Originally Posted by adam2434
Using the MultEQ app and a Marantz AV7704 pre/pro, calibrated sub levels are -7.5 dB for Sub 1 and -8.0 for Sub 2.
So far (only had the 7704 for a week), I prefer to boost both subs 7 dB for music, so the resulting levels are -0.5 dB and -1.0 dB, so just barely into the negative. This is with DEQ off. When listening to music at "loud" levels briefly, the MV was at -7.
I would certainly expect/hope that a dedicated pre/pro could cleanly drive the sub outputs at those trim levels, even at high/reference volumes.
However, I've read that it's good to keep sub trims at -5 dB or lower, as a rule of thumb. However, not clear on the basis for this rule of thumb. Is it based on measured sub output distortion on some specific AVR models?
Ultimately, is it worth it to increase gain on the subs and rerun the calibration so that trims are -5 dB or less after boosting to the preferred level?
If so, I guess it would be best to increase both subs to the same level at the MLP using a SPL meter prior to rerunning the calibration.
Jerry's advice to be able to measure your frequency response, and to be able to test for indications of distortion or compression, is always good advice.
But, the simple fact is that most people are never going to do that. So, let me try to answer the questions you asked.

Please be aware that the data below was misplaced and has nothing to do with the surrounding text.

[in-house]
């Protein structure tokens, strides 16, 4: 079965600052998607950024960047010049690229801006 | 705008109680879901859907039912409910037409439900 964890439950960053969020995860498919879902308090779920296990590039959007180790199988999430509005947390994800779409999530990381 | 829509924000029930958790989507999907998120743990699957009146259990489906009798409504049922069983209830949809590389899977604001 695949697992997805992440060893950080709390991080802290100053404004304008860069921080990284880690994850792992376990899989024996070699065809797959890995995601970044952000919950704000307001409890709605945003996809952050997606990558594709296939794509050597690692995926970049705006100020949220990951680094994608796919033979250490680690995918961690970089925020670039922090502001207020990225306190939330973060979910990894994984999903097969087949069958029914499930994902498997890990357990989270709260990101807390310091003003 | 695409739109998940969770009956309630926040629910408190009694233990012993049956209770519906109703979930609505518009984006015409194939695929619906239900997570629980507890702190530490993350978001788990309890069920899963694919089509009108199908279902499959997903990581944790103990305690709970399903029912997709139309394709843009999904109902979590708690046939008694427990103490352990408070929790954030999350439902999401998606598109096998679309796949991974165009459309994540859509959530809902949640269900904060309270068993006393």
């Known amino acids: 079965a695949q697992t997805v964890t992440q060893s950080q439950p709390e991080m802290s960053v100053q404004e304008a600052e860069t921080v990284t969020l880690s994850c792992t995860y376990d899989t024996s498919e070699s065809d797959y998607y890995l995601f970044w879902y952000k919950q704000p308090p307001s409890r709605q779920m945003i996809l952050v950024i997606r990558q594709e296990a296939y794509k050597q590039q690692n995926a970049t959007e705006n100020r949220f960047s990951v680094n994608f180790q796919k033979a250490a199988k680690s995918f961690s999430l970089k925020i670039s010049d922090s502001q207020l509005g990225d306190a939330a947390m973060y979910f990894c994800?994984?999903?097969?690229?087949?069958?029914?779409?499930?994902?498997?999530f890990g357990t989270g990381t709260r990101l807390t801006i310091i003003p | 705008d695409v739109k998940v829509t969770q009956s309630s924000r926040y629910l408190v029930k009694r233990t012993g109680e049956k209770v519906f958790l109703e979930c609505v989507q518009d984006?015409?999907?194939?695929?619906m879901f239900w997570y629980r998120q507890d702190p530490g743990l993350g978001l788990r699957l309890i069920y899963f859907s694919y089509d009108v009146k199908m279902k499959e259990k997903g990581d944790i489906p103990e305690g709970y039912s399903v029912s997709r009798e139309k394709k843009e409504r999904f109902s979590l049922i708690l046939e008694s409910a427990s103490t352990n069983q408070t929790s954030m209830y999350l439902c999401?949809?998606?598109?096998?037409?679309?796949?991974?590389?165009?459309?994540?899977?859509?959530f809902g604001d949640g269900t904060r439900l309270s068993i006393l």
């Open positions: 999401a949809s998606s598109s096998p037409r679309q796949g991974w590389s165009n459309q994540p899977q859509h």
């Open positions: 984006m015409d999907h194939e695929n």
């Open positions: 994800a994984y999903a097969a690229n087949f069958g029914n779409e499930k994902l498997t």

There are two reasons why it can be advisable to keep the AVR trims a little lower than you currently have them. First, clipping can sometimes occur with trim levels above about -5 or so. That is especially true where master volumes are at -10 or higher. Second, some subwoofers can't achieve their max output levels unless gain levels are fairly high.
I have seen that specifically apply to some SVS and PSA subs, but I can't tell you if it also applies to the Outlaw subs listed in your signature. It's a good general rule to follow for someone adding strong subwoofer boosts and/or listening at high volume levels. And, you seem to be doing both.
In any event, it is a pretty simple precaution to take, but you don't have to rerun Audyssey to do it. Just lower the AVR trim levels by 4.5db and 4db respectively. Then, you can raise the gain levels symmetrically, to add back about as much bass as you were listening to before. You probably added volume by ear before; you are just using your gain levels to do it now. And, you are trying to add the same amount if you can. Some people mark their starting points, on an analogue gain dial, with tape to facilitate that process.
You need to understand that your AVP isn't the real factor in driving your subwoofers. It simply needs to supply sufficient voltage to tell the subwoofers own internal amplifiers what to do. The subwoofer amplifiers need to do the real work, and some of them require higher gain levels in order to achieve max output, as noted above.
The ultimate factor in determining your subwoofers' ability to play both loudly and cleanly is the combination of subwoofer boost (through whatever combination of gain and trim you use) and master volume. It is important to recognize that both your subwoofer boost, and your master volume, put demands on your subs. At some point, you will simply run out of headroom. But, observing good gain/trim protocols can potentially help, up to the point at which you do run out.